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Iranian Spies Target Jewish Centers in Berlin - Focus

Reichstag, Berlin

Searching homes and offices of ten suspected Iranian “spies” has led the police to conclude the activities of the suspects were focused on Jewish centers in Berlin, German weekly Focus reports, Friday, January 19.

It was earlier reported that on Tuesday morning, January 16, German police had raided the homes and offices of the suspects, spying for the Islamic republic.

“We believe the suspects spied on institutions and persons in Germany on behalf of an intelligence unit associated with Iran,” a spokeswoman for the Federal Prosecutors Office, Frauke Koehler announced.

Citing intelligence sources, Focus says, “The Iranians were monitoring potential targets, including the influential American Jewish Committee (AJC) in Berlin for possible attacks”.

An orthodox Jewish community at Berlin's central Alexanderplatz square and its rabbi had also been under surveillance by the Islamic Republic's agents, the German security sources told the weekly. Also on the list of the Iranian secret service was the gymnastics and sports club Makkabi.

Based on this report, AJC has called upon German authorities to expel Tehran’s ambassador to Berlin, Ali Majedi.

Furthermore, Focus notes that, two days before last Christmas Eve, the Islamic Republic’s ambassador to Berlin was summoned to the German Foreign ministry. At the meeting, Ali Majedi was told to relay a message to Tehran, asking the authorities there to immediately stop their espionage activities against German interests.

However, no other sources have confirmed the report, yet.

Josef Schuster, chairman of the Central Council of Jews in Germany, told Focus that "this action should not go unpunished."

According to Schuster, “In view of its espionage activities, neither Iran could be a partner with the German government, nor should Germany put economic interests ahead of its internal security”.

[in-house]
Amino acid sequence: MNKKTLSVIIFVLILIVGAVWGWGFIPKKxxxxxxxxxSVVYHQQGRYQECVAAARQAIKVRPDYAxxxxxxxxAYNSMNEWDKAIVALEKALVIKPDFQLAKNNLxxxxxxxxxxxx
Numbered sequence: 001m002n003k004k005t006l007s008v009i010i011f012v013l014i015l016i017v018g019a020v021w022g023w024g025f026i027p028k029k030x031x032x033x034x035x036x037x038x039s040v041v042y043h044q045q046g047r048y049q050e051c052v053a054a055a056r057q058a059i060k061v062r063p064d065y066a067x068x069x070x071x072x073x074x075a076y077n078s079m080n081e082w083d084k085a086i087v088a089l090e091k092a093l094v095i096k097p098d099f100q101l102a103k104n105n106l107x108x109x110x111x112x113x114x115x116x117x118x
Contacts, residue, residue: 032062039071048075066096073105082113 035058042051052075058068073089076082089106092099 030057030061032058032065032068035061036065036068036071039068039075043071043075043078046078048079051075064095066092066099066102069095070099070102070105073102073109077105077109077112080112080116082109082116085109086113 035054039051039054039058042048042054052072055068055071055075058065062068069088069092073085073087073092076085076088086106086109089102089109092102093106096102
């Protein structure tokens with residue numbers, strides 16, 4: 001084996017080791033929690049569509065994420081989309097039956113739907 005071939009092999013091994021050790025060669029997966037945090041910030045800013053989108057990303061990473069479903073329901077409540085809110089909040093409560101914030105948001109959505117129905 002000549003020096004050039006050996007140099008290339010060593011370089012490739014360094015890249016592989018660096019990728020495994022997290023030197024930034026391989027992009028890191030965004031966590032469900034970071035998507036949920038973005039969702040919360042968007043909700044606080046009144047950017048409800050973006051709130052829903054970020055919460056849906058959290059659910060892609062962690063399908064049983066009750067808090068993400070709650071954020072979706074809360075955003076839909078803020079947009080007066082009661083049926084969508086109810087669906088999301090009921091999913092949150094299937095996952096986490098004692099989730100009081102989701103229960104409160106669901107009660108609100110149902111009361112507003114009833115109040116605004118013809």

The Focus report comes after the German Federal Prosecutor ordered searches of apartments and business premises of ten suspected Iranian agents around the country.

Meanwhile, Israel’s Kan public broadcaster reported on Tuesday that Israeli intelligence agents provided critical information that led to the raids on the homes and offices of suspected Iranian spies across Germany.

Based on the Kan report, the Quds Force had tried to recruit non-Iranian Shiites — primarily those with European citizenship — to establish a terror cell to carry out attacks throughout the continent.

A senior state security official, without being named, told Focus, “Iran is expanding. In the event of a military conflict in the Persian Gulf, with the involvement of the US and Israel; Germany and Europe would offer well-documented targets for retaliatory attacks, including murder and bombing.”

On the day of the raids, German authorities were cited as saying, the suspected Iranians belong to a special unit of the Quds Force, which kills opponents of the Ayatollahs’ regime worldwide. Its agents are trained in combat on land and underwater, and are also paratroopers and explosives experts.

Israel’s Ambassador to Germany, Jeremy Issacharoff, told Kan that “the affair should raise a red flag not only in Germany, but in all of Europe.”

According to the Times of Israel, “Prime Minister Benjamin Netanyahu has declined to comment directly on news of the arrest”. However, he noted, "We have helped thwart at least thirty major attacks in dozens of countries in the past two years or so, including cases involving civilian aviation. I would say that no other intelligence service in the world has thwarted more (attacks) than ours has”.